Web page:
Tick & Mite Pest Control & Identification
Do you have a tick or mite problem? Contact us today to get pest control for mites & ticks!
Mite vs. Tick
What are Ticks?
Ticks are arachnids that feed on blood and are closely related to spiders. Ticks hunt by latching on to hosts (such as humans or dogs) as they walk through tick-infested habitats like grass or brush, for example.
Once they attach to the host, they cut through the body and attach their feeding tube (most hosts will not feel this or notice it's occurring). If they are not removed, ticks can feed for hours or even days.
What are Mites?
Mites, on the other hand, are much smaller than ticks but feed off hosts in the same way. Mites can be difficult to spot, but the difference is mites feed off of dead skin rather than blood.
You’ll often find mites where dust (and dead skin cells) are present. This includes spots like dusty lampshades, dirty laundry piles, in your unwashed sheets and neglected spaces like attics.
What Do Ticks Look Like?
Mature ticks are the size of an apple seed while nymphs are about the size of a poppy seed. Most species will appear similar at first glance.
Depending on the species, they range in color from black to brown or reddish brown. Their bodies will swell during and after feeding which may alter their appearance and make them look more dull to the naked eye.
Ticks have eight legs, just like most arachnids with four main legs and two “front legs” called hypostome, that are equipped with barbs to latch onto their host for feeding.
What Do Mites Look Like?
Mites are very difficult to identify without a magnifying glass or microscope due to their size. They are composed of two body parts but will appear as one flat or overall shaped body to the naked eye.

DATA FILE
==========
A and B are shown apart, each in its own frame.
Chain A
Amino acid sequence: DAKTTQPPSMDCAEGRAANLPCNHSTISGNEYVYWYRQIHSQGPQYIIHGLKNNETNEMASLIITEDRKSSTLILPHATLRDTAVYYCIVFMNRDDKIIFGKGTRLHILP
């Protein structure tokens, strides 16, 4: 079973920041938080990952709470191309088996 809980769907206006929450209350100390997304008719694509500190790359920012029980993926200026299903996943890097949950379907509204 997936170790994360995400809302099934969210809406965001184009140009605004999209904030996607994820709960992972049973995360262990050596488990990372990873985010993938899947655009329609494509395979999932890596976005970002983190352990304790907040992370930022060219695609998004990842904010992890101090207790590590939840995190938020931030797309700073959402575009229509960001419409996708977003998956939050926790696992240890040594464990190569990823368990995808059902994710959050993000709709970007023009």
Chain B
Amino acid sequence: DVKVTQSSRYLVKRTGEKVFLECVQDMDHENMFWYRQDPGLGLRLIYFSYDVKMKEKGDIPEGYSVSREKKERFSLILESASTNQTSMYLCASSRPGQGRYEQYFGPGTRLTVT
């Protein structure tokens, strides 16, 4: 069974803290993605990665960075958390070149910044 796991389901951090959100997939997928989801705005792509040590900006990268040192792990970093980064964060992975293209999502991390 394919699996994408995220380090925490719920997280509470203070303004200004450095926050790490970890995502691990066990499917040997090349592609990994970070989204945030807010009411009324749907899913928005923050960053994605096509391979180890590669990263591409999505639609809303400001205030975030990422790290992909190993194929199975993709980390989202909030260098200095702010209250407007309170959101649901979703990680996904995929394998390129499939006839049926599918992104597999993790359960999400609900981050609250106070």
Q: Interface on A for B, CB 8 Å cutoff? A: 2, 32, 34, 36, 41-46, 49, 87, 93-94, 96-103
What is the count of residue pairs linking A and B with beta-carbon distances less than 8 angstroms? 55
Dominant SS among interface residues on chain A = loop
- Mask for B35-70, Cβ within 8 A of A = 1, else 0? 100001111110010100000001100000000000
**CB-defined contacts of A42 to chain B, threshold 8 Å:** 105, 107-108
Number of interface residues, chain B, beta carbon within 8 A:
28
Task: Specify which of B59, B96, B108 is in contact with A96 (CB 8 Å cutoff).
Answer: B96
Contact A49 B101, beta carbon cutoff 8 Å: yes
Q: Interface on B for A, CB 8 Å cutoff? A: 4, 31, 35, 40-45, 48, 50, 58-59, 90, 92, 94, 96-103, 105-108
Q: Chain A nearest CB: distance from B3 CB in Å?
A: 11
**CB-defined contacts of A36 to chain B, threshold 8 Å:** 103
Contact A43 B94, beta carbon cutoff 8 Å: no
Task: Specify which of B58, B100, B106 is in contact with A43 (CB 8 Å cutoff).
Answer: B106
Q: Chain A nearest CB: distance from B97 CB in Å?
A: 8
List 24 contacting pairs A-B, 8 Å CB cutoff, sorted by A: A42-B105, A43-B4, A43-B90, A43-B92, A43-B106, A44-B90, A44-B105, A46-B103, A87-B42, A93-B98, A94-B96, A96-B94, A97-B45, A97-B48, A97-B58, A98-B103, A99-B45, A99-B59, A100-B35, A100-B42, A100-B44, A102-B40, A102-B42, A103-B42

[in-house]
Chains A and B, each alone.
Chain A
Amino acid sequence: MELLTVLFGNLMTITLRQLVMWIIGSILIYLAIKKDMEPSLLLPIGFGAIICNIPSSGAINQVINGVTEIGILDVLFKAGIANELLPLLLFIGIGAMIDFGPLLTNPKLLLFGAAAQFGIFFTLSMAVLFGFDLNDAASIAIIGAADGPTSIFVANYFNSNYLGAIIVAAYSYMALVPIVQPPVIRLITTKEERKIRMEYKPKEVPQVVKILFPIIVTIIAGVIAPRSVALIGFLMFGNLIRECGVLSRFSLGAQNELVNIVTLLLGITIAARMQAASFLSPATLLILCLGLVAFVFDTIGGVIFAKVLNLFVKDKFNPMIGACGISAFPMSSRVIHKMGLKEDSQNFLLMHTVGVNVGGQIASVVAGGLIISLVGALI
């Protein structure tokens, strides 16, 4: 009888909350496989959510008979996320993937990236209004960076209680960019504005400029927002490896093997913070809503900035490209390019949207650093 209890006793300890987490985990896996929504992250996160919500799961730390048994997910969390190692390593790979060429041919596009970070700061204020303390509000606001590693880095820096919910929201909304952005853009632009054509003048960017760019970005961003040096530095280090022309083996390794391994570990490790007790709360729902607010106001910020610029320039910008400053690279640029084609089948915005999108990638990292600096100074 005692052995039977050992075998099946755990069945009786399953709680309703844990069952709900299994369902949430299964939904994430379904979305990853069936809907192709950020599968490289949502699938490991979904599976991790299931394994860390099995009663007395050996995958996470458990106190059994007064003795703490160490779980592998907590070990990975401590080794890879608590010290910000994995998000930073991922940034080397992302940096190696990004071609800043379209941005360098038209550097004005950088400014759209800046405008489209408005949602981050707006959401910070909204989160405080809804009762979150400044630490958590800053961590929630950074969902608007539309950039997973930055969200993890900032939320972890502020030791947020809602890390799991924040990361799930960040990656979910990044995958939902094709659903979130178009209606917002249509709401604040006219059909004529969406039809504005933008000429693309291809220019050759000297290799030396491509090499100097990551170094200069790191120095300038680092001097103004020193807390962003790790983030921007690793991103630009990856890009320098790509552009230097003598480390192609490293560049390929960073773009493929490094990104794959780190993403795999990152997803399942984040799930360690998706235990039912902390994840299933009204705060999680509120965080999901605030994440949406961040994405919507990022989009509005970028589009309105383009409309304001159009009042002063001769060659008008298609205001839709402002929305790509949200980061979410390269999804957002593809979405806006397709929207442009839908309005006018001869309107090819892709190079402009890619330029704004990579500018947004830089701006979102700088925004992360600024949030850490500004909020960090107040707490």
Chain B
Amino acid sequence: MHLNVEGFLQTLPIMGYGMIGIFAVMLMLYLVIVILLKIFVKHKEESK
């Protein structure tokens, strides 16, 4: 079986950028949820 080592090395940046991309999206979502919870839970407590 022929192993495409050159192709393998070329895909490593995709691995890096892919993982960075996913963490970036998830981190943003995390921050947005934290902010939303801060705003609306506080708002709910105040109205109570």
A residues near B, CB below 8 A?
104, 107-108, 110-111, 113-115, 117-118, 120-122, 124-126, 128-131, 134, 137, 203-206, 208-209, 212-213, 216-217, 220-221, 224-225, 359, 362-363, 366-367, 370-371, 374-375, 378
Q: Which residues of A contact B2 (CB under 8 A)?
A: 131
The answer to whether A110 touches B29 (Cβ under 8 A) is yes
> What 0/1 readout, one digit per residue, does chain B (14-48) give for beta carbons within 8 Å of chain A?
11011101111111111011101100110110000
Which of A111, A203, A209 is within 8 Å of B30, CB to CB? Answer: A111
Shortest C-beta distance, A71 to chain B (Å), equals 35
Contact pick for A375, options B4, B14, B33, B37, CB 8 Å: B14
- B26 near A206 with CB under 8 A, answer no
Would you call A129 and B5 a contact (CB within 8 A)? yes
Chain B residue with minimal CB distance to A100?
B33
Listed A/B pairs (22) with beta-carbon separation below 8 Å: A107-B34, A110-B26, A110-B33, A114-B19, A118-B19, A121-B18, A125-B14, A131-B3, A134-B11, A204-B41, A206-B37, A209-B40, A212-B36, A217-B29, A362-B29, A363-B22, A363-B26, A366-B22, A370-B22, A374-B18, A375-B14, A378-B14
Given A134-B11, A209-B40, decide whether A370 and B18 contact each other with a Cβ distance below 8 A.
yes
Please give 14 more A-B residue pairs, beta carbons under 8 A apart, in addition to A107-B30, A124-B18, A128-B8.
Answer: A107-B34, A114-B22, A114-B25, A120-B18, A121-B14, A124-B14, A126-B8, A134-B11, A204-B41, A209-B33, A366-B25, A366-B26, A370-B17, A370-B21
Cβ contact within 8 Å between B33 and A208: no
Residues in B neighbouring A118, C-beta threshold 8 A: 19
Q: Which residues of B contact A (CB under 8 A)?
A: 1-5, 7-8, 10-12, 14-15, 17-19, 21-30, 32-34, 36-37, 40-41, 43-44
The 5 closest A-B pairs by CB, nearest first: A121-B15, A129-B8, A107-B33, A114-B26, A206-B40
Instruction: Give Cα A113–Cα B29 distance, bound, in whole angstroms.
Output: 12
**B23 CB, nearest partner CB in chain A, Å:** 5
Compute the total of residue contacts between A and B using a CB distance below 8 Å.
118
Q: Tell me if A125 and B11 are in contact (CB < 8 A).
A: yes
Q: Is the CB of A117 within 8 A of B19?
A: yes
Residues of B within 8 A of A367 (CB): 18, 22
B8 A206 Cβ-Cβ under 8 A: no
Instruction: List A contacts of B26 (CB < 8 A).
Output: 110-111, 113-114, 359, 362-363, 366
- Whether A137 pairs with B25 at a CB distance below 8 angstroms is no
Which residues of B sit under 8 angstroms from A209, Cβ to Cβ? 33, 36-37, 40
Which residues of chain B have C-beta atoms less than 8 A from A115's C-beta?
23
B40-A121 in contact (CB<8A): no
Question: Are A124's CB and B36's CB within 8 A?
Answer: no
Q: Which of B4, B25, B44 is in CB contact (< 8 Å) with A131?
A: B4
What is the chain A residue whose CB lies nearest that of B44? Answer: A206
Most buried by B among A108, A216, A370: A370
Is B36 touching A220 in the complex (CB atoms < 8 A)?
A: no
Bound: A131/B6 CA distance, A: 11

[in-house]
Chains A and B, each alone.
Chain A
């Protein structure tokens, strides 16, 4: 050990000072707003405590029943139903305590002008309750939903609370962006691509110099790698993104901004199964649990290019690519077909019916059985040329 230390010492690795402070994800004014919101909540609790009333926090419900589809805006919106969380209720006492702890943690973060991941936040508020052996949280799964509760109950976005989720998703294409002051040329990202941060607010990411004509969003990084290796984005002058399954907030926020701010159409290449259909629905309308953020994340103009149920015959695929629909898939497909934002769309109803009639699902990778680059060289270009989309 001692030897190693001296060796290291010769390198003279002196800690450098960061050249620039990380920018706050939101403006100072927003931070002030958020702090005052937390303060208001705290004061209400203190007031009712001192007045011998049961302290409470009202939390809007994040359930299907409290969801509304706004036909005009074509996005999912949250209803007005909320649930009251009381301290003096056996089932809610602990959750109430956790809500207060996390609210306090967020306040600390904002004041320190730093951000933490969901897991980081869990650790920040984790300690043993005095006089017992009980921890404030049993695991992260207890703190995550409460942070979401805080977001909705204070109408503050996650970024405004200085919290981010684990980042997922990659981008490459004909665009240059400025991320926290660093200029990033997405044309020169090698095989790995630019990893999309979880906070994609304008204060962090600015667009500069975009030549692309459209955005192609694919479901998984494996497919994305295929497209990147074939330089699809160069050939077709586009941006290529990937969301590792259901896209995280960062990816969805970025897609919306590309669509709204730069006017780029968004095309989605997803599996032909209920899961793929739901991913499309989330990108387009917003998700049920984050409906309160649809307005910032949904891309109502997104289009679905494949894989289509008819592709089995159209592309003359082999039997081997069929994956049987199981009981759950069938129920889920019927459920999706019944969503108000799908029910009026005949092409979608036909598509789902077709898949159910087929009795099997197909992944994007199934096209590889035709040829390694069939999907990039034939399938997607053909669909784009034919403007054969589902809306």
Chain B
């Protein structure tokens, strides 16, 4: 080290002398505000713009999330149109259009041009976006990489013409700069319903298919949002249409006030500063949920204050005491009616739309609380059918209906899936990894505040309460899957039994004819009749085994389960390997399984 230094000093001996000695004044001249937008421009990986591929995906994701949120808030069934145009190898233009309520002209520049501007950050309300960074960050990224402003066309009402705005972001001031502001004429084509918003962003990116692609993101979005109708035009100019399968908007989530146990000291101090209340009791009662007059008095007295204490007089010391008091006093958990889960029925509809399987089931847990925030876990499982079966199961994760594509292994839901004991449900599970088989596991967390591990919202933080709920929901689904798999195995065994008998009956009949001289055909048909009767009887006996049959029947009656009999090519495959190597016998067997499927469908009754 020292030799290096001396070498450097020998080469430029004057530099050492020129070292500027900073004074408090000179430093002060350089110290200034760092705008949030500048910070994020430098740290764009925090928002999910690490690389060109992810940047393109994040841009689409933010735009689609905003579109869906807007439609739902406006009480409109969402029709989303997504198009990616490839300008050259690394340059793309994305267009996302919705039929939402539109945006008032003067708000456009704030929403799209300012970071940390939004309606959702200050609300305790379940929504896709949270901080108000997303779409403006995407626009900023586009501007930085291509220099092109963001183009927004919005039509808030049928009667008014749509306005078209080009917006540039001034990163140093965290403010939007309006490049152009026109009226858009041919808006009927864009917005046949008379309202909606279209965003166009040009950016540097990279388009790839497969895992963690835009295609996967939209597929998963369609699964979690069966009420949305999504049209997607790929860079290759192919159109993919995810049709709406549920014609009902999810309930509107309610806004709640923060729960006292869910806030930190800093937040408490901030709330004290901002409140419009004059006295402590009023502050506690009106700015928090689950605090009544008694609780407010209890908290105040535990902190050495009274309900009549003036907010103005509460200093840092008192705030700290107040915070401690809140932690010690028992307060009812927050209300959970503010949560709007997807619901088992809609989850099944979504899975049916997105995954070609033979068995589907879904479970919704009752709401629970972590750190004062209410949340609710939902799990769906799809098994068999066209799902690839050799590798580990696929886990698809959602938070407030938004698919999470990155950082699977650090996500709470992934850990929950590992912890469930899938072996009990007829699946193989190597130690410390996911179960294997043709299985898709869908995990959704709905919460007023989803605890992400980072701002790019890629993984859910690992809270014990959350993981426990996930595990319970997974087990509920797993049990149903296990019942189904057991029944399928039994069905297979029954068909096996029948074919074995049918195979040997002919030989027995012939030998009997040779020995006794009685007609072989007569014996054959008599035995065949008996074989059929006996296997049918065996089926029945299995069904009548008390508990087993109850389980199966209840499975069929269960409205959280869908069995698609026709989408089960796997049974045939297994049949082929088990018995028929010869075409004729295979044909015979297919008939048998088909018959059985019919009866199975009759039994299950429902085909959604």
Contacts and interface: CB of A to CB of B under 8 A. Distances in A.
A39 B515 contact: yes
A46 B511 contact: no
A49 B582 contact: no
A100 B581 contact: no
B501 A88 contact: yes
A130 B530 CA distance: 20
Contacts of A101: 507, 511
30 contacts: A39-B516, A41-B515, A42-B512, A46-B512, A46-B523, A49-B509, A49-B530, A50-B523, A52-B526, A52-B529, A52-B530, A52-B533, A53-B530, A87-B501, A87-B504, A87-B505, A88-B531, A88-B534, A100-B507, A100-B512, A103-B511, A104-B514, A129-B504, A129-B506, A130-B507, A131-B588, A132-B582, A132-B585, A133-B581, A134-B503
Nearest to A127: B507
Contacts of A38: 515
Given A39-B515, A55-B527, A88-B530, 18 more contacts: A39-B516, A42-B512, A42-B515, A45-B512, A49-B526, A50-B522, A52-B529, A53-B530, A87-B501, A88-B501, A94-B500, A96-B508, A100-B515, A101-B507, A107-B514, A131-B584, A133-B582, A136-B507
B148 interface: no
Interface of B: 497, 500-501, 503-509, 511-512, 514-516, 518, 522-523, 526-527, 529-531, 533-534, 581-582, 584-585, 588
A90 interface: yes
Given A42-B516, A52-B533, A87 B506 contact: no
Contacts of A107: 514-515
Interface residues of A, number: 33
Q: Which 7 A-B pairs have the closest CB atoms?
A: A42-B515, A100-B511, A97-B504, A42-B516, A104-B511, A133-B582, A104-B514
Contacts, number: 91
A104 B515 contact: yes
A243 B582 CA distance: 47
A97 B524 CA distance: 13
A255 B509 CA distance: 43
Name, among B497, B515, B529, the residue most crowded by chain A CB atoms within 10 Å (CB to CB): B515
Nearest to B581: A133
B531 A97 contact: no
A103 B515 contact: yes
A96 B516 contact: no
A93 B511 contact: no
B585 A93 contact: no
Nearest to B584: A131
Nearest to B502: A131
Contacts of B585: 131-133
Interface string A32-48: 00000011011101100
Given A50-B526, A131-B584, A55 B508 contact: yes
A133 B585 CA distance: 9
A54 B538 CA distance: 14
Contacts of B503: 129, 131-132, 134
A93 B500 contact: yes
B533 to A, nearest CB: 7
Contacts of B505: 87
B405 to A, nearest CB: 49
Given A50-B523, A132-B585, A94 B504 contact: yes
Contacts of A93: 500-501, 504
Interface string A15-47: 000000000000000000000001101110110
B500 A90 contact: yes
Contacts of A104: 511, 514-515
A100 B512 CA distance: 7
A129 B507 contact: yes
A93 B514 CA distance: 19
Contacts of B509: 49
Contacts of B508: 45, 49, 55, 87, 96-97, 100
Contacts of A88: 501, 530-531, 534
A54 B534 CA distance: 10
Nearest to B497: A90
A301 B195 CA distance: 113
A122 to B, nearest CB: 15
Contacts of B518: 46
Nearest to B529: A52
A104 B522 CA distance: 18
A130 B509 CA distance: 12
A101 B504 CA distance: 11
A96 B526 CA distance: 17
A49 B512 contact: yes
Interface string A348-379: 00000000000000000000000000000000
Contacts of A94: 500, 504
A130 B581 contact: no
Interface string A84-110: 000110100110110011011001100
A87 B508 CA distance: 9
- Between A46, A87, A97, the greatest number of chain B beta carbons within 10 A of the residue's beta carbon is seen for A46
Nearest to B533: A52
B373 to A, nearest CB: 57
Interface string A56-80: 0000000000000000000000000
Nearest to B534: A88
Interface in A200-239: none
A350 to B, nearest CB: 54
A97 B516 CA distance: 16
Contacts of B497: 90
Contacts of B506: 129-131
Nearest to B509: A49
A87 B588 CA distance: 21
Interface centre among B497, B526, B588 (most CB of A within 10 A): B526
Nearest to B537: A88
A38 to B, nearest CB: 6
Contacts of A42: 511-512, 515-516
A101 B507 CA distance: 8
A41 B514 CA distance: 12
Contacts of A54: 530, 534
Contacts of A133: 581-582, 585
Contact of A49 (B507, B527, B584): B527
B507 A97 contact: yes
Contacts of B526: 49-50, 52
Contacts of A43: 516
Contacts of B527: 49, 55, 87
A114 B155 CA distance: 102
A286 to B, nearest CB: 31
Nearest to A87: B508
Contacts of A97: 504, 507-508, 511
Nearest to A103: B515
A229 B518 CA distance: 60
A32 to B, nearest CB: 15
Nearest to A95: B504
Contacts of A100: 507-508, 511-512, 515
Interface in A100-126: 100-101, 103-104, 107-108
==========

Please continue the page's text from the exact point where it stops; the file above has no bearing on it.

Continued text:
They range in color from bright red, blue, green, tan gray, and brownish depending on the type of mite and life stage.
Mites are often found on plants and dogs and will likely be found in small groups.
How Do Ticks and Mites Get Inside?
If you find ticks and mites in your home, they are probably entering your space from:
- Pets. Ticks can hitch rides on your four-legged pals. Check your dogs before letting them back inside.
- Pests. Blacklegged tick nymphs are known to get inside via rodents, which is why it’s important to get any infestation taken care of right away.
- People. After you come in from spending time in wooded areas, check yourself and your kids for ticks.
- Outdoor gear and items. After camping, hiking, and being outside, your belongings can accumulate ticks and mites. Check these items thoroughly before storing them in your house.
Why are Ticks and Mites a Problem?
Tick bites are mostly harmless, however, they can cause allergic reactions and other skin irritations. Plus, ticks can pass diseases to humans and pets. Diseases that ticks carry include but are not limited to:
- Lyme Disease
In the US, it is uncommon for mites to transmit disease to humans. However, they are unpleasant in other ways. They can cause skin irritation and are a total nuisance when they get into your home in large numbers since they commonly infest pets and plants.